Why JSON web tokens shouldn’t be stored in local storage
I’ve always wondered: why are we still using cookies when we can use JSON Web Tokens (JWT)? They offer so many benefits like being stateless, self-storing, and so on.
After digging and asking around, I found out that local storage was never meant to be used as a secure storage. Bear with me here.
I came across many tutorials that tell you to put JWT in local storage — in fact all articles on JWT that I came across said this. But whatever the reason they advise it, this practice needs to stop.
I have seen many sites where sensitive information was stored in local storage. And it bothers me to know that so many developers are opening themselves up to devastating security issues by doing so.
First let’s understand what is local storage?
// Either this // Considering it as a object localStorage.userName = "highskillzz"; //or this way! localStorage.setItem("objects", "0"); // Once data is in localStorage, it'll stay there forever until it // is removed explicitly console.log(localStorage.userName + " has " + localStorage.objects + " number of objects."); // Removing data from local storage is also pretty easy. Uncomment // below lines //localStorage.removeItem("userName"); //localStorage.removeItem("objects");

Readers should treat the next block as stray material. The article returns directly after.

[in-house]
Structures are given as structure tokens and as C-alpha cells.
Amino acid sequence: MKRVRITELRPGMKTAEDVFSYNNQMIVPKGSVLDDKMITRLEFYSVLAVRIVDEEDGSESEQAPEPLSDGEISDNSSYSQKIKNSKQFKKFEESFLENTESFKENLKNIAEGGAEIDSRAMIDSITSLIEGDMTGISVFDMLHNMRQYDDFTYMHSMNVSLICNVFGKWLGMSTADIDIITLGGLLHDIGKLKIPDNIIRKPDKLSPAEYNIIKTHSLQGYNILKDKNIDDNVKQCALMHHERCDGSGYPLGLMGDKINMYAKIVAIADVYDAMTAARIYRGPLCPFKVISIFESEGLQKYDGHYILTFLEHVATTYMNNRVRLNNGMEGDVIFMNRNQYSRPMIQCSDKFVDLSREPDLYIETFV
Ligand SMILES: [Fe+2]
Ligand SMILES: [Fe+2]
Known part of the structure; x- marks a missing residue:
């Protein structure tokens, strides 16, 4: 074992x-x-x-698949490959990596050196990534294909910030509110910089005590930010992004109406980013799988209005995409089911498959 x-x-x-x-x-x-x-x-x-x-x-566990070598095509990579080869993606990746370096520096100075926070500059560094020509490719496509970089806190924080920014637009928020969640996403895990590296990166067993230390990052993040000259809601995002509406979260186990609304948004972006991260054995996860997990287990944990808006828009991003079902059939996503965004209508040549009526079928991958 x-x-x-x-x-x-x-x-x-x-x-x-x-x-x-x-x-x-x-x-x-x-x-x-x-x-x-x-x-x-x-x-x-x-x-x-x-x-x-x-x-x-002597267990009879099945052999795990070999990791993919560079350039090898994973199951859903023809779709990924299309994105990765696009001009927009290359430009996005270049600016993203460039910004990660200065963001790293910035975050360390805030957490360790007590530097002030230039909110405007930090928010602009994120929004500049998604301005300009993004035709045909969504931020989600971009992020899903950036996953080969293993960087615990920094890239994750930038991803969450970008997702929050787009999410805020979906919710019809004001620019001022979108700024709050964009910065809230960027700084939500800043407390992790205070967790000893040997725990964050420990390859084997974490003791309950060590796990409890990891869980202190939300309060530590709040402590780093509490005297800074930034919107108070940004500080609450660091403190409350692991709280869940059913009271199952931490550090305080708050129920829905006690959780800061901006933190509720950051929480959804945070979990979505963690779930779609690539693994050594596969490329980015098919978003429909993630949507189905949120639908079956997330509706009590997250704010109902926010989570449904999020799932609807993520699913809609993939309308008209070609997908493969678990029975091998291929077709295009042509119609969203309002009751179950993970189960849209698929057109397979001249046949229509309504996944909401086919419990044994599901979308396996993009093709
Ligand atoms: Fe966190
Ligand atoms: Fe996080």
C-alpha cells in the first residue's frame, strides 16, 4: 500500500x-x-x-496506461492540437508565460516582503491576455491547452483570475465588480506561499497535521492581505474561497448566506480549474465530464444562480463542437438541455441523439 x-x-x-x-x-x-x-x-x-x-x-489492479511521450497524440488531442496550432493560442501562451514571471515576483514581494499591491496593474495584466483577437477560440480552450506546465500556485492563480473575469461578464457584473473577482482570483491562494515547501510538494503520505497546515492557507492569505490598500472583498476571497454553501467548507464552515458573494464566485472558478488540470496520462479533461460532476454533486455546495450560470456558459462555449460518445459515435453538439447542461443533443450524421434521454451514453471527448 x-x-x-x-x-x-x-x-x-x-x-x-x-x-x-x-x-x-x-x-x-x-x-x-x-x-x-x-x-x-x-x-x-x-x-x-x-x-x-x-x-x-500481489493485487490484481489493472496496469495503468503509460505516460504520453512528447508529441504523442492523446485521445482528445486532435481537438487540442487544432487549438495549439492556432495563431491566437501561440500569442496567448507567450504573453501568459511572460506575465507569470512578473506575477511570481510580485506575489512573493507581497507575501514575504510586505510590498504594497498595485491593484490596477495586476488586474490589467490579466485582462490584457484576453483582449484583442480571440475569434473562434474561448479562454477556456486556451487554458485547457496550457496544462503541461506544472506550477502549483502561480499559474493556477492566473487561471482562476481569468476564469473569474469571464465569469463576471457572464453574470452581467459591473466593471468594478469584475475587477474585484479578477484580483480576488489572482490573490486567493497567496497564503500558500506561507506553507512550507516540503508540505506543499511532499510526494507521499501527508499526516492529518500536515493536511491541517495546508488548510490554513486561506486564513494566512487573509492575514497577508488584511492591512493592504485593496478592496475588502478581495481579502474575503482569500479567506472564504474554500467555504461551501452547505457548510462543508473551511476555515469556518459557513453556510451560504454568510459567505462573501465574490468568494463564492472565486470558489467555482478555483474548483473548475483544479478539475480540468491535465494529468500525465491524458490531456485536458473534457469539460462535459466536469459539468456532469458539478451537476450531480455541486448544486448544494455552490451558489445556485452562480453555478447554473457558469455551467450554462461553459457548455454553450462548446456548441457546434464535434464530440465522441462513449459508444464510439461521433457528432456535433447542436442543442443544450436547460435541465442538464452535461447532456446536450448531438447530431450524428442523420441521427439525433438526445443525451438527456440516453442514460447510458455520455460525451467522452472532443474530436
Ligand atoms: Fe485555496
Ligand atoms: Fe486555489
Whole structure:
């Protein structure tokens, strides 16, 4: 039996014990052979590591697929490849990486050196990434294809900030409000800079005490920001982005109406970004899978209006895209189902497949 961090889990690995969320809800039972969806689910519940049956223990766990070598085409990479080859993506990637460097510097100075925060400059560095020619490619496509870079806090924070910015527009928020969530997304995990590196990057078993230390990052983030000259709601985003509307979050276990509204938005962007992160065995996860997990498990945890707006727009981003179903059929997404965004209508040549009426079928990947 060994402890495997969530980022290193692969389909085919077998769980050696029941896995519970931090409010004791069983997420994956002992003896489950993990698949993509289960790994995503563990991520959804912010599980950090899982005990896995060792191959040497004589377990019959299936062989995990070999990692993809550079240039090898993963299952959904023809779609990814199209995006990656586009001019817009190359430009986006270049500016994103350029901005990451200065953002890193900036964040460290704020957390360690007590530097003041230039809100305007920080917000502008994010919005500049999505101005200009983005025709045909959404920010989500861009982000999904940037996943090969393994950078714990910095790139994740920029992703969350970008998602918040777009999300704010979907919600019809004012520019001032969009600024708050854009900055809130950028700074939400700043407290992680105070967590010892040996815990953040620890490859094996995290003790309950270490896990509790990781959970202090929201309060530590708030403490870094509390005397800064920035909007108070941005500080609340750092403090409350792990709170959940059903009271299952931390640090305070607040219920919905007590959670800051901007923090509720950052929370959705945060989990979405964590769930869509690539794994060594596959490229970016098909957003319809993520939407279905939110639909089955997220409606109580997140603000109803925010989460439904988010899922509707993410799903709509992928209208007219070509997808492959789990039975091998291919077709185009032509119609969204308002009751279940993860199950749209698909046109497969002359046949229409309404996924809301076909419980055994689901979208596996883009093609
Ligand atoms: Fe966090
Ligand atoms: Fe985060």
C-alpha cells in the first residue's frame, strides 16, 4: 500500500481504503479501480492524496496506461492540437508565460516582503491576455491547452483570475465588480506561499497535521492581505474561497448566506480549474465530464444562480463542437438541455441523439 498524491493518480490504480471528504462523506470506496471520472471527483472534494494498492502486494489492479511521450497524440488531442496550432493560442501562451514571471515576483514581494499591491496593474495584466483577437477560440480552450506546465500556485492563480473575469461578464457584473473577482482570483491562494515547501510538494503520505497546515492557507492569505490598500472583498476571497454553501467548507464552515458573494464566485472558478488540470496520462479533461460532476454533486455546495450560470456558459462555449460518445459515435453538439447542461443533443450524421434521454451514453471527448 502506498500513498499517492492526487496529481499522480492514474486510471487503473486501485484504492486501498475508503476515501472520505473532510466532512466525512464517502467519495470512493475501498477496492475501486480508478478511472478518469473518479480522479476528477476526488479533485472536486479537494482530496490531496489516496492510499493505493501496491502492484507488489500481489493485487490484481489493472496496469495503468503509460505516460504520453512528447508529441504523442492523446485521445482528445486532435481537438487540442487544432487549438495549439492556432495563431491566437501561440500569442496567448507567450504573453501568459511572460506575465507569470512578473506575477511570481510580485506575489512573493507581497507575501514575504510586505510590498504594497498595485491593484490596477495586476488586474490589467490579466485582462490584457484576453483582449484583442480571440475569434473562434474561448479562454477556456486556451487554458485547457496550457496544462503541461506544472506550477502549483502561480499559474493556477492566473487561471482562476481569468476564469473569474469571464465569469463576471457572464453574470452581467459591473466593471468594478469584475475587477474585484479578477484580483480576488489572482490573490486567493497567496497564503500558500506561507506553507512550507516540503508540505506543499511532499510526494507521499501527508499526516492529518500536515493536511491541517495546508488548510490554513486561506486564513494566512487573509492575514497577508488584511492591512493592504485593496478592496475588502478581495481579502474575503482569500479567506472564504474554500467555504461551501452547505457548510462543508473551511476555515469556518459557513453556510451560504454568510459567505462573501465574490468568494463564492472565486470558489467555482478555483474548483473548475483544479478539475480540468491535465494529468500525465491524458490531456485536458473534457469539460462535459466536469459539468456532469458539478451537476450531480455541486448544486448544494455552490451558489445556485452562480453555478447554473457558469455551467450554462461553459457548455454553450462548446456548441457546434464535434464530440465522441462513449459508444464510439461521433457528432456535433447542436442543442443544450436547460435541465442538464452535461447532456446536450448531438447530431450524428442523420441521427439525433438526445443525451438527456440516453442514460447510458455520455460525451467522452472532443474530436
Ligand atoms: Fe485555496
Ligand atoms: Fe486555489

What’s Awesome About Local Storage?
Although this article is about why not to use Local Storage, there are many cool things about it too. Like….
Also, the other great thing about local storage is the size restriction: we can use it to cache data for later usage. But in the case of cookies, this isn’t the case as there is a size restriction of 4KB, while Local storage provides at least 5MB of data storage across all major web browsers.
Then what’s so bad about Local Storage?
I feel like many developers might not realize just how basic local storage actually is:
It can only store string data. This makes it pretty useless for storing data that’s even slightly more complex than a simple string.
It is synchronous. This means each local storage operation you run will be one-at-a-time. For complex applications this is a big no-no as it’ll slow down your app’s runtime.